Think About It
  • Maggie Franklin
  • June 18, 2014

People are fond of commenting on the disappearance of “common sense.” But a lot of people who make these comments fail to apply common sense to their own comments; assuming that just because they know or understand something, that everyone else should know or understand the same thing. Essentially misunderstanding the concept of common sense altogether and, instead, applying their personal definition to the term.

Which gets even more interesting in an increasingly global community where individuals interact with people from other countries and cultures on a personal level daily.

Common sense isn’t common because what’s common in one place is completely unheard of somewhere else — “everyone knows that the traffic light on Lover’s Lane and Millwood doesn’t detect motorcycles!” Uhhhh... except for the seven billion people on the planet who’ve never sat at that light on a motorcycle.

But there ought to be some things that are common sense among people who work in salons. It ought to go without saying that you need to keep your station clean. That you should never leave your station covered in dust, with implements on the table, or an arbor band on your drill. “Everyone” should know that you don’t mix chemicals, that you don’t reuse soiled implements or table towels.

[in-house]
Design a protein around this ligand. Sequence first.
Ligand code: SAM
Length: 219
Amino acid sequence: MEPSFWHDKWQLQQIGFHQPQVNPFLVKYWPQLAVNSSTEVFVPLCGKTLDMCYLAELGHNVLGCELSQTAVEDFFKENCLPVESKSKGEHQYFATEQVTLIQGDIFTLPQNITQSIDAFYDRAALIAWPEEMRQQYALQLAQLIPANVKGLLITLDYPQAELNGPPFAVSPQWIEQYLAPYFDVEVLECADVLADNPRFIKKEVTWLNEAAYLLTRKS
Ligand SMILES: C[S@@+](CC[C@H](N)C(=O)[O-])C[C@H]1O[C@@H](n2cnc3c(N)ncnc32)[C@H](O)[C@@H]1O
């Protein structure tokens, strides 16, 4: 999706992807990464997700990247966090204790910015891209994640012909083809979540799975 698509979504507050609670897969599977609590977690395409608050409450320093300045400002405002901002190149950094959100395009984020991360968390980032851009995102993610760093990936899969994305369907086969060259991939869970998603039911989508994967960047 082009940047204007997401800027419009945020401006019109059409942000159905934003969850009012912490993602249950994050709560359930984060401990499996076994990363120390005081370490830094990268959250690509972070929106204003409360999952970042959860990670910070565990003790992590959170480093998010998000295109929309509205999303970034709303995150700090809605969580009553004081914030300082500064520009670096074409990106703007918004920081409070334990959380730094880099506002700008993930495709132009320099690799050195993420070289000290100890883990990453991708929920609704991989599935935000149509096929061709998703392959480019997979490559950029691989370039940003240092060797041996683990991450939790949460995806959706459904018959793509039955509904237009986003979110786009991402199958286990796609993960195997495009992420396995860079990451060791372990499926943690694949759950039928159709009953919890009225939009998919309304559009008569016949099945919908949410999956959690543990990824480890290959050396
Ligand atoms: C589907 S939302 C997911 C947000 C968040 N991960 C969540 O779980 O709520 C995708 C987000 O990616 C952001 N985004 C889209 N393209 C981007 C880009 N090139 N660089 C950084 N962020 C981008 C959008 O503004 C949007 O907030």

What’s really missing isn’t so much common sense, so much as critical thinking. It amazes me what amazes others. Really? It never occurred to you that if you drop the handpiece to your drill with the bit in it that it’ll bend the bit? Really? It’s a total revelation to you that using gels in front of the UV light (as is common in doing your own nails) just might result in destroying a bottle of gel-polish? Really? It’s total freakin’ news to you that if you don’t enter your appointments into your calendar that you might forget them … or double-book yourself … or get caught off guard when someone walks through the door and you’re in the middle of doing your own nails?

Yeah. I think this should be common sense. But even if it isn’t, how did you get into this business and never think of these things yourself?

When all is said and done... I might have to write a book. Cuz it ain’t gonna all fit in this blog.

Keywords:   client scheduling     salon sanitation  



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